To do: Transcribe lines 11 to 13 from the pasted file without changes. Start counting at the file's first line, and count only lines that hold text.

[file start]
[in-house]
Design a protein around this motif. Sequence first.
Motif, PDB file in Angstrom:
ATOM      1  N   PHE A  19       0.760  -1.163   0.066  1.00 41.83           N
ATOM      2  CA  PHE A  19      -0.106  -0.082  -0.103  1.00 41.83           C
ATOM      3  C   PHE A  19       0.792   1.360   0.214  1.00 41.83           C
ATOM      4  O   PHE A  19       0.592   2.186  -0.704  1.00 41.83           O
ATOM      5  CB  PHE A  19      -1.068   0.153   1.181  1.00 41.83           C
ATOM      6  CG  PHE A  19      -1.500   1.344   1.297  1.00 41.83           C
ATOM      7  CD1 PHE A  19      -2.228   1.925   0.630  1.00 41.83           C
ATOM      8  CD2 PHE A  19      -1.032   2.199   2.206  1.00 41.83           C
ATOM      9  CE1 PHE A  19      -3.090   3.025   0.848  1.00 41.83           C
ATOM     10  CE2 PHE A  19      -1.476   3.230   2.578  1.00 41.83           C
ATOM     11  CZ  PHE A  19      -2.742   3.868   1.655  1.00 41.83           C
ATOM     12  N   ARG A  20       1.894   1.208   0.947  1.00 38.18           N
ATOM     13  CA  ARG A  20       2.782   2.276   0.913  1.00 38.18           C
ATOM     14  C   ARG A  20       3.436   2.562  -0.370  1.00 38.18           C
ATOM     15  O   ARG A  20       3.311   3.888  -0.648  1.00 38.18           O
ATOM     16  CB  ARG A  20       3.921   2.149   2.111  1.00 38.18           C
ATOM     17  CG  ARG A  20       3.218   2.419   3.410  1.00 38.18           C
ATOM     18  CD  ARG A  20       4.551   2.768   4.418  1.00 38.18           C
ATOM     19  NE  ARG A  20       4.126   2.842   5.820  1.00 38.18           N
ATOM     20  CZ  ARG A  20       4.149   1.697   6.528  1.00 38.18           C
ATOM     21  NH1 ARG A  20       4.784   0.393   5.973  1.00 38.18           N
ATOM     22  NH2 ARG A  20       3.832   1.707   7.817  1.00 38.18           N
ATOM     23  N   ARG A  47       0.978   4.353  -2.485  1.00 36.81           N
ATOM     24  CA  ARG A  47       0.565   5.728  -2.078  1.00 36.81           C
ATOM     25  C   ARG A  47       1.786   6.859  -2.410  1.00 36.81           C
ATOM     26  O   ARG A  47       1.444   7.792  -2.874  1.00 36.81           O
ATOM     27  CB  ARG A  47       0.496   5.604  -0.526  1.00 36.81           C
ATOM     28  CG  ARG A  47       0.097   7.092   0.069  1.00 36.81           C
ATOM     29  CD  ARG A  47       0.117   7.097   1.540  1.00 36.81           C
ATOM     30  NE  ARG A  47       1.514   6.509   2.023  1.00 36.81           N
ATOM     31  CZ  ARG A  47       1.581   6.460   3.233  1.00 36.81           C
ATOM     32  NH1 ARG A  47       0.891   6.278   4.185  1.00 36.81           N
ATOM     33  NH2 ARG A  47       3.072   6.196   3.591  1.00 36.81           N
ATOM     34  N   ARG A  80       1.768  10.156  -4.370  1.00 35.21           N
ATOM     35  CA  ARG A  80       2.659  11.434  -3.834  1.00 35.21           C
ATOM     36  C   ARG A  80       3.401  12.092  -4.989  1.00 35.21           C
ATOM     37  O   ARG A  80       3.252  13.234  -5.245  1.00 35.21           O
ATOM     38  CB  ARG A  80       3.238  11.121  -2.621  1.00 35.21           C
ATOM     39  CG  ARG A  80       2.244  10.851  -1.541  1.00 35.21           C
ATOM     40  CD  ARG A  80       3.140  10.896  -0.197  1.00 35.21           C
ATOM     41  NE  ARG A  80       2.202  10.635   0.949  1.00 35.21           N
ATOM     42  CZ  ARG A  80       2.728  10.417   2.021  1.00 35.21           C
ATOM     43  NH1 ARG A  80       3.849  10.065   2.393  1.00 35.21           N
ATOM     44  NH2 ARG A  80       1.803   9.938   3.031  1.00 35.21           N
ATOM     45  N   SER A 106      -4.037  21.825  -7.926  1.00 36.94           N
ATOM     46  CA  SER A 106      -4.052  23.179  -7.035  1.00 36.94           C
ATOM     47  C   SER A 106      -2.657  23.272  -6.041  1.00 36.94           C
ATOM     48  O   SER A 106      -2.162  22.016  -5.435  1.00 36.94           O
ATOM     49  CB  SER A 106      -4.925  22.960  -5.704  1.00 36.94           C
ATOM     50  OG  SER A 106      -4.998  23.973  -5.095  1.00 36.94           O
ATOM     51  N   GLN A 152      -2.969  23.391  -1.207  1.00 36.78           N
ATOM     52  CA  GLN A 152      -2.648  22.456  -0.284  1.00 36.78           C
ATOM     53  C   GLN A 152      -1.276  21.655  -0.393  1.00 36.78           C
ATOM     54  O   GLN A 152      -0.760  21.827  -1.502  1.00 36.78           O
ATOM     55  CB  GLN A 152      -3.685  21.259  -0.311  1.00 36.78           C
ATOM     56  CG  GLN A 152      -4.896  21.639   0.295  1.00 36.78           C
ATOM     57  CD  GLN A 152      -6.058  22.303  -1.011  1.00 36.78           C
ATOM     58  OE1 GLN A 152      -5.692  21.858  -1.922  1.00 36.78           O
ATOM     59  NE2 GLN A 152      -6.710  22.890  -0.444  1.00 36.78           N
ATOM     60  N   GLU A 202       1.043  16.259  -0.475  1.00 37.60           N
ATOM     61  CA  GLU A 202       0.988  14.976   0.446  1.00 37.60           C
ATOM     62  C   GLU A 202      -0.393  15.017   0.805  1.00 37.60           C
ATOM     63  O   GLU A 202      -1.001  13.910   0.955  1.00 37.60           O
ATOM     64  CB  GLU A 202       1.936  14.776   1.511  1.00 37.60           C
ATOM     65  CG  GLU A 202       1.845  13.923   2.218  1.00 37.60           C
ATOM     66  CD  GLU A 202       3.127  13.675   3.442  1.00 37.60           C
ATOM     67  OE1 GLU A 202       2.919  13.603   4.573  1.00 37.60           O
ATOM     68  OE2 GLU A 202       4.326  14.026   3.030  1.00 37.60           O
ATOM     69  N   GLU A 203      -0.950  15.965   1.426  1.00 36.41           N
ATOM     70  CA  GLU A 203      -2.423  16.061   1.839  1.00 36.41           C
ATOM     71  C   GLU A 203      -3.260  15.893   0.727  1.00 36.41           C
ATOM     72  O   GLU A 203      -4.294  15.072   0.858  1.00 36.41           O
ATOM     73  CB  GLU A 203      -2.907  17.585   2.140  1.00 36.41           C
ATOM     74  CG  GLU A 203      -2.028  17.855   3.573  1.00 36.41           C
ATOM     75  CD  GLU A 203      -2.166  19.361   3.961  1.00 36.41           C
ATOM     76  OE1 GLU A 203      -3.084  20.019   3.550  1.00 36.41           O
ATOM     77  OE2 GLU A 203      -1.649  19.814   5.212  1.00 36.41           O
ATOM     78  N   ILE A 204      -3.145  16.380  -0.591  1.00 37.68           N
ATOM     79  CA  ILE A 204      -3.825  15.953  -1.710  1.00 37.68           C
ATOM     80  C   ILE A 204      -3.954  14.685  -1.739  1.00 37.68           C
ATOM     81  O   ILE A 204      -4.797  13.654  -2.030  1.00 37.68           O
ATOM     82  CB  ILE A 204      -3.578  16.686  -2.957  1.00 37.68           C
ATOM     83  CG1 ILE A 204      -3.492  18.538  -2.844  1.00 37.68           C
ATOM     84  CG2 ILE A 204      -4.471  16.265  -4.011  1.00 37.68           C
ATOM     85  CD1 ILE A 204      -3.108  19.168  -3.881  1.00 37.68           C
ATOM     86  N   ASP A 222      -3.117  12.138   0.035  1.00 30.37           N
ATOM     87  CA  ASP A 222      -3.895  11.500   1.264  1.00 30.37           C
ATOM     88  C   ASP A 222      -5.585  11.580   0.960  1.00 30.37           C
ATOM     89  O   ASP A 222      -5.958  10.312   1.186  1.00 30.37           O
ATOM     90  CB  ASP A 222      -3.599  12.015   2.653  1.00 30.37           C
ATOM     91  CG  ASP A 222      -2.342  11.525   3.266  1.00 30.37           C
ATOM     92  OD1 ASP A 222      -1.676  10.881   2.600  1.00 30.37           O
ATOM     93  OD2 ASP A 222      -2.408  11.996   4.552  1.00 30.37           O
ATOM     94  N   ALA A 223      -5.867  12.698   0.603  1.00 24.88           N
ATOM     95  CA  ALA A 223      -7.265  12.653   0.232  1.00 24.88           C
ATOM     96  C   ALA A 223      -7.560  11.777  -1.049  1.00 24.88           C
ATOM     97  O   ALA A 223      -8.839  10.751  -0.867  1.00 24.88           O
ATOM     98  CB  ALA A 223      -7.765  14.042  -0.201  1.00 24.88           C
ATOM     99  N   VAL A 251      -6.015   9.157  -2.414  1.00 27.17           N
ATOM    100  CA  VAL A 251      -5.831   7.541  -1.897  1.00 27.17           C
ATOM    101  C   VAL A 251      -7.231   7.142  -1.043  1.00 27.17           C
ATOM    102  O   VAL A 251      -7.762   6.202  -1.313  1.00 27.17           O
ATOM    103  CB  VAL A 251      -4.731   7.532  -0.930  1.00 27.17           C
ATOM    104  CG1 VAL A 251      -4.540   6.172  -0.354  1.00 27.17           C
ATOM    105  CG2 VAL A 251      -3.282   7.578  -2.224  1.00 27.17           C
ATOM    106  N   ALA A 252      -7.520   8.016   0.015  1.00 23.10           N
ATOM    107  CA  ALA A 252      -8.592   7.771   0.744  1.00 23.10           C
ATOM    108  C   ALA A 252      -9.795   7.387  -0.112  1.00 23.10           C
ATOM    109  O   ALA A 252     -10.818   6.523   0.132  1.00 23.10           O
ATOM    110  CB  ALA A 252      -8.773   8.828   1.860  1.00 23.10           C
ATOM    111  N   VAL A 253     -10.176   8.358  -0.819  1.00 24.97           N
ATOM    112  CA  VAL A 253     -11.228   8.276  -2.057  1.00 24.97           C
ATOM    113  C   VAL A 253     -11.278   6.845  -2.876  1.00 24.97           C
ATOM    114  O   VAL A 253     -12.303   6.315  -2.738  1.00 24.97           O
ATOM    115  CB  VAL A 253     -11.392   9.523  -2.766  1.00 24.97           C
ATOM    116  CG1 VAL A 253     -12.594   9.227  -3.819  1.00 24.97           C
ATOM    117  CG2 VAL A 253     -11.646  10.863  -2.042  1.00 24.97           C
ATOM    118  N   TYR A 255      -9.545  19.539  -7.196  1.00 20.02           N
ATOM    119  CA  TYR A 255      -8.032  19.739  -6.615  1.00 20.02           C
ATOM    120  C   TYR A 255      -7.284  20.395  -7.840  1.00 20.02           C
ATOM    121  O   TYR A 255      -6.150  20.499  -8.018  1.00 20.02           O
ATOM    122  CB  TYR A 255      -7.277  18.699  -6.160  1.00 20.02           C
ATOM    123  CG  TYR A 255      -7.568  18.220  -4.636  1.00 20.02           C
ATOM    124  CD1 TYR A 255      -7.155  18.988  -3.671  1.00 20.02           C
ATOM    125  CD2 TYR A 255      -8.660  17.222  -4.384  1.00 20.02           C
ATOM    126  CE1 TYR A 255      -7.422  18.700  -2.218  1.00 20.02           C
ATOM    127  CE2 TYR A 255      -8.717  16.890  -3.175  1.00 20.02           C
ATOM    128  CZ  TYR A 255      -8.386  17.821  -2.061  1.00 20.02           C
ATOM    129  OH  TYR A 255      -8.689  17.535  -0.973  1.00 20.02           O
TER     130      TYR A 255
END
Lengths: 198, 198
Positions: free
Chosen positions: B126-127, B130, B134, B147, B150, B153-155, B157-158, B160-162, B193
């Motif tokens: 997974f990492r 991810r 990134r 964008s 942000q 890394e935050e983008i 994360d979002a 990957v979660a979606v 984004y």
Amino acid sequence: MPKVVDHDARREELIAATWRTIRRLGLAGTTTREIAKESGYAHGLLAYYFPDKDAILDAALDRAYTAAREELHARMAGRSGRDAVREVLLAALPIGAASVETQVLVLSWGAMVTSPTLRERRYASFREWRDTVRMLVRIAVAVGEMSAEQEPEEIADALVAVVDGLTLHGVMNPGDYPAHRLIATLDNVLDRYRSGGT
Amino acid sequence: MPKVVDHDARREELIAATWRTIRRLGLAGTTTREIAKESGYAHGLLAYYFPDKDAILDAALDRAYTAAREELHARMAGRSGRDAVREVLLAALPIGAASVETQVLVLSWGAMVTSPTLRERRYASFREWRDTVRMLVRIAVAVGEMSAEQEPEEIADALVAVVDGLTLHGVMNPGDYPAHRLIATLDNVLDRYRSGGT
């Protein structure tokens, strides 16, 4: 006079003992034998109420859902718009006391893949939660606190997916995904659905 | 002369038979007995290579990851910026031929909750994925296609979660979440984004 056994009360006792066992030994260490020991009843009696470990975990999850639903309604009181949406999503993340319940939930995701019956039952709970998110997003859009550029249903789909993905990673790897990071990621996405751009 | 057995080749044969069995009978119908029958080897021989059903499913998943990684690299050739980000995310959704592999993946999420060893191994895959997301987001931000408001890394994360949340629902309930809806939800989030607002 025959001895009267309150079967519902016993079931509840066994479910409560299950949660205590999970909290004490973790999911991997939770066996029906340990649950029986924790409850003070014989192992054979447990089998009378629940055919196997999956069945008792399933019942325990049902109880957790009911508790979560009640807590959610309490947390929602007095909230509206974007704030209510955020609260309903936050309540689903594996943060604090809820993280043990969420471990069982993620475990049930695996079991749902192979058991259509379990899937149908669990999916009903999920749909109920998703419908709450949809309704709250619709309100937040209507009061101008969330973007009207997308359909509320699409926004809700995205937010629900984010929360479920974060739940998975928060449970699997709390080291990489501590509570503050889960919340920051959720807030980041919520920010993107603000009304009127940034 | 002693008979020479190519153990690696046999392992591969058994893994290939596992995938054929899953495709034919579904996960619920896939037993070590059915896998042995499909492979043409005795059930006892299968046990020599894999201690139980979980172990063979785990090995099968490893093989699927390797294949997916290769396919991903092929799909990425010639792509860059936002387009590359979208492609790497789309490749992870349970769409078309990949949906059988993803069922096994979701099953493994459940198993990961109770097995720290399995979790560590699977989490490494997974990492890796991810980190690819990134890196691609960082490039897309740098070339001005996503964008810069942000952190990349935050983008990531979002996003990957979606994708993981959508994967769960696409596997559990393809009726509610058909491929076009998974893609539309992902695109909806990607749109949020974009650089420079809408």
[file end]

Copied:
ATOM      8  CD2 PHE A  19      -1.032   2.199   2.206  1.00 41.83           C
ATOM      9  CE1 PHE A  19      -3.090   3.025   0.848  1.00 41.83           C
ATOM     10  CE2 PHE A  19      -1.476   3.230   2.578  1.00 41.83           C